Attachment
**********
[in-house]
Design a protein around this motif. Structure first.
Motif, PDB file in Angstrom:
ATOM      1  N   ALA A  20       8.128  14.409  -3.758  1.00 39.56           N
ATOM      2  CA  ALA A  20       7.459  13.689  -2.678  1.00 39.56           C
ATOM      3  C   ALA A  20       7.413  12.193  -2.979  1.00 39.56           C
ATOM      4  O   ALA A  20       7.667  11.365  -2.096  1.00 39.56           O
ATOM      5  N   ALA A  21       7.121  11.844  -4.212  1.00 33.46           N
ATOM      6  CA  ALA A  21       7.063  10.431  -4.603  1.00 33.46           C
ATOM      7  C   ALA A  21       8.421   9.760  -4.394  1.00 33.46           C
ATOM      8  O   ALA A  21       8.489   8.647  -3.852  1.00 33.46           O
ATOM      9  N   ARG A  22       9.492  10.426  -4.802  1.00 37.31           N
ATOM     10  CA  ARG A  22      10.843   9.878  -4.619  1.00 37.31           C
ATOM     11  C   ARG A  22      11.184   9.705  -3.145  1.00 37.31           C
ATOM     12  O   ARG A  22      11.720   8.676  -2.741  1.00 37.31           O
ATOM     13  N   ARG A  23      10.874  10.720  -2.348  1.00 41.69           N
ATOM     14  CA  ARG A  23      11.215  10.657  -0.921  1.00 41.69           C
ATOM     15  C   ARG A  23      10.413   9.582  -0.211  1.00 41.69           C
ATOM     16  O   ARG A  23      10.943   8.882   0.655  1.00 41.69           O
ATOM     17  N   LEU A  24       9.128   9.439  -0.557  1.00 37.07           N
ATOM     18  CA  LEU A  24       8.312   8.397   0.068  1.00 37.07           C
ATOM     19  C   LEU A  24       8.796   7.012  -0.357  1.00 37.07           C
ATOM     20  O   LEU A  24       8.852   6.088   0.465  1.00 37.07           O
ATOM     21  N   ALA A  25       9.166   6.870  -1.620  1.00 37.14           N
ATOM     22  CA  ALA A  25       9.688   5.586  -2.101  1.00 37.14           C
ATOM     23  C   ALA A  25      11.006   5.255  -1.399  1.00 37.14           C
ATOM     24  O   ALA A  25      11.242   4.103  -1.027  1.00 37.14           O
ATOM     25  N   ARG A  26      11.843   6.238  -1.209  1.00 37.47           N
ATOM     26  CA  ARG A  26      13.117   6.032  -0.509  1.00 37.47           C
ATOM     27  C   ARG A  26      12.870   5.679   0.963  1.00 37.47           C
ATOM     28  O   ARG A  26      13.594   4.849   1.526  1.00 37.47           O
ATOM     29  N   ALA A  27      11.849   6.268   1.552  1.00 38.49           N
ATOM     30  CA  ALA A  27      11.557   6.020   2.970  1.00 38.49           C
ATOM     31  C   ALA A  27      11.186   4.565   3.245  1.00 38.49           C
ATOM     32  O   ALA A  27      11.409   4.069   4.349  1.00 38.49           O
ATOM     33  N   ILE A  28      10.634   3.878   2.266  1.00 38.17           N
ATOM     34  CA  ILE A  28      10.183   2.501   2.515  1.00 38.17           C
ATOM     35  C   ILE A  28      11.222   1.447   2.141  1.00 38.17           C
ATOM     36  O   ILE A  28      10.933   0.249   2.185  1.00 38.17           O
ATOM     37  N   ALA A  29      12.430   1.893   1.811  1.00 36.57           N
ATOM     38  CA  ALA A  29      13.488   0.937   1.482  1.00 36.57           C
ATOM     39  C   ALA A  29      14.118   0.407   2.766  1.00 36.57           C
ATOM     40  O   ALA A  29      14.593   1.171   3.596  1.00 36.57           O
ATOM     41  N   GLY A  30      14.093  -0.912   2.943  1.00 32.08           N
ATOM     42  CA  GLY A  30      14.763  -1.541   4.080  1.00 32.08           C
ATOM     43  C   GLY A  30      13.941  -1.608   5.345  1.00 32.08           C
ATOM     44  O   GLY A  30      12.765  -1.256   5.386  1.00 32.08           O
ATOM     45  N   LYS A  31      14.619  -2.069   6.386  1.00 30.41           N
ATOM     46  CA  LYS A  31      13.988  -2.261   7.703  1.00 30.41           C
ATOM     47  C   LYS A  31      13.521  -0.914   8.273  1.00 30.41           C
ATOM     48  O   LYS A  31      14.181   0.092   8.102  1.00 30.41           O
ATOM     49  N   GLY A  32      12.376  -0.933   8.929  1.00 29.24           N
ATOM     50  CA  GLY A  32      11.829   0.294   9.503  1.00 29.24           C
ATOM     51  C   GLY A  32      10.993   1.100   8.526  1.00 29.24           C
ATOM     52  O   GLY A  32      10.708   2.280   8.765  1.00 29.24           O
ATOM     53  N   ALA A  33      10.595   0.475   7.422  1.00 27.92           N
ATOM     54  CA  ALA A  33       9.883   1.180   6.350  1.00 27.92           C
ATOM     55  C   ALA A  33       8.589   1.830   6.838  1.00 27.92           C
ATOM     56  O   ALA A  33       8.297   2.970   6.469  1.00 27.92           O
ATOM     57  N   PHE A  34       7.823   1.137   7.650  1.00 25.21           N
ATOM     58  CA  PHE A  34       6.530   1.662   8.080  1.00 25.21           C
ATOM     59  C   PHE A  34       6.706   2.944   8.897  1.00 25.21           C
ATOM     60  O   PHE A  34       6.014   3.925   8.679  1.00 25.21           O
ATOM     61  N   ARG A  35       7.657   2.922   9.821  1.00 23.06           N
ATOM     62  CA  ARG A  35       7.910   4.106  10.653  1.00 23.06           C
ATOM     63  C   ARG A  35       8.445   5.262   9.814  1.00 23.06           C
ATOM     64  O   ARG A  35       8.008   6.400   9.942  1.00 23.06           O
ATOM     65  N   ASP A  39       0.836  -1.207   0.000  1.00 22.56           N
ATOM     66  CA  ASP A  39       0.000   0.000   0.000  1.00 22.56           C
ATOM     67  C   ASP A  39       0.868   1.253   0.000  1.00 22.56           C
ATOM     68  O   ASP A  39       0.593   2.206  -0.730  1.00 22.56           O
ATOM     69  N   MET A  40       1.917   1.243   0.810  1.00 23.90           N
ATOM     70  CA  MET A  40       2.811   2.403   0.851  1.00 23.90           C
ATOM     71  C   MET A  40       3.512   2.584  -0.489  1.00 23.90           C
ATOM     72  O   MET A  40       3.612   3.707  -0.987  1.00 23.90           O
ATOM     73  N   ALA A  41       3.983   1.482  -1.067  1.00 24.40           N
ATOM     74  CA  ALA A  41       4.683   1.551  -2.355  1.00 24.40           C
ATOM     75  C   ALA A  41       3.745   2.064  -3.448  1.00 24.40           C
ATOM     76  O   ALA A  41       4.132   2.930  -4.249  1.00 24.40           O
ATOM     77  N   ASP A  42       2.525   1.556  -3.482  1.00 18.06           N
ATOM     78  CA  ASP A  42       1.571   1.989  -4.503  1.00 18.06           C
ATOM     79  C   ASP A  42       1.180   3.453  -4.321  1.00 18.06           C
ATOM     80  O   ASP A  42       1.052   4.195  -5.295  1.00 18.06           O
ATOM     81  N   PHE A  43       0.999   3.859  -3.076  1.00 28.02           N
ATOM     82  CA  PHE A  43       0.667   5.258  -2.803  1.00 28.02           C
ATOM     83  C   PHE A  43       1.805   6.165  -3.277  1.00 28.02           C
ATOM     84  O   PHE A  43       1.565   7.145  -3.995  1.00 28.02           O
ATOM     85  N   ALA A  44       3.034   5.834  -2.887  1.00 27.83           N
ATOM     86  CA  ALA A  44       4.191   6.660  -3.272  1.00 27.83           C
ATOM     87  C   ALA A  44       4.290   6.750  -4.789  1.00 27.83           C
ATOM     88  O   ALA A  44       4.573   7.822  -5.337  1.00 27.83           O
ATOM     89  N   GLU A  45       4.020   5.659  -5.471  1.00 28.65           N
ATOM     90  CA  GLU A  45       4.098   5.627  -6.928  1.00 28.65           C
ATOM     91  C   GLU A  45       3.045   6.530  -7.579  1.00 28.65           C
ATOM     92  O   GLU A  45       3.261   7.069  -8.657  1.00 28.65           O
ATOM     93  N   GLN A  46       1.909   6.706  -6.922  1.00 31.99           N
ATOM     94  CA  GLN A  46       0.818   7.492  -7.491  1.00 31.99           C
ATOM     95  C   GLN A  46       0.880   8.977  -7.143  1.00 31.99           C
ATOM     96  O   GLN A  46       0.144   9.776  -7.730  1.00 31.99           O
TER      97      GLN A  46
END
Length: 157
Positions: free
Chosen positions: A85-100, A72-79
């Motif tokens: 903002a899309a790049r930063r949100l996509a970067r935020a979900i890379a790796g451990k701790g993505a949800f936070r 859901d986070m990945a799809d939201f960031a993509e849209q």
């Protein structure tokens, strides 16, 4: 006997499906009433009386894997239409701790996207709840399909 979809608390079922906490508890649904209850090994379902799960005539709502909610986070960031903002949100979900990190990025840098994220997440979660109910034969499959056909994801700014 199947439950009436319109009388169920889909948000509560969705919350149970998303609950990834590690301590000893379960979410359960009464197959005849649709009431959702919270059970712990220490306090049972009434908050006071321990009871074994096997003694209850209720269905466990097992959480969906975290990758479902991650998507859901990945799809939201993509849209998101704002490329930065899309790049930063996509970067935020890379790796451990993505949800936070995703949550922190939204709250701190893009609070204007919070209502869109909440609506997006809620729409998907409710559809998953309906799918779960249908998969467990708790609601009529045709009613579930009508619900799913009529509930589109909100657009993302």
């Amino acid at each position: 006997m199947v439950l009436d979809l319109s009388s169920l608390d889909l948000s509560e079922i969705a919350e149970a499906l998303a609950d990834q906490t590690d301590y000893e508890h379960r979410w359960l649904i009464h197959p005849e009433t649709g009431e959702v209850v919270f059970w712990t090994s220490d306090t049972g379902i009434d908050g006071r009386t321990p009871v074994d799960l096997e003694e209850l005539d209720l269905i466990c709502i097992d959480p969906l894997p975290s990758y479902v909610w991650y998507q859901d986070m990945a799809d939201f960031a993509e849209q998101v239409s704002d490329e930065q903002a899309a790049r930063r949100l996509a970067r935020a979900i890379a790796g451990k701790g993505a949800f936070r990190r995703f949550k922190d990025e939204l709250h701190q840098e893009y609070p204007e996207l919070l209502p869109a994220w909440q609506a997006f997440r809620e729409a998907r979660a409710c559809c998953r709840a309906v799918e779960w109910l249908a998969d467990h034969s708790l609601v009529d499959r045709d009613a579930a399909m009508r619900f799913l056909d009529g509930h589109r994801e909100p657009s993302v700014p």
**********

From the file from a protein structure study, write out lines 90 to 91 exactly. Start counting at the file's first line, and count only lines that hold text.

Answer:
ATOM     87  C   ALA A  44       4.290   6.750  -4.789  1.00 27.83           C
ATOM     88  O   ALA A  44       4.573   7.822  -5.337  1.00 27.83           O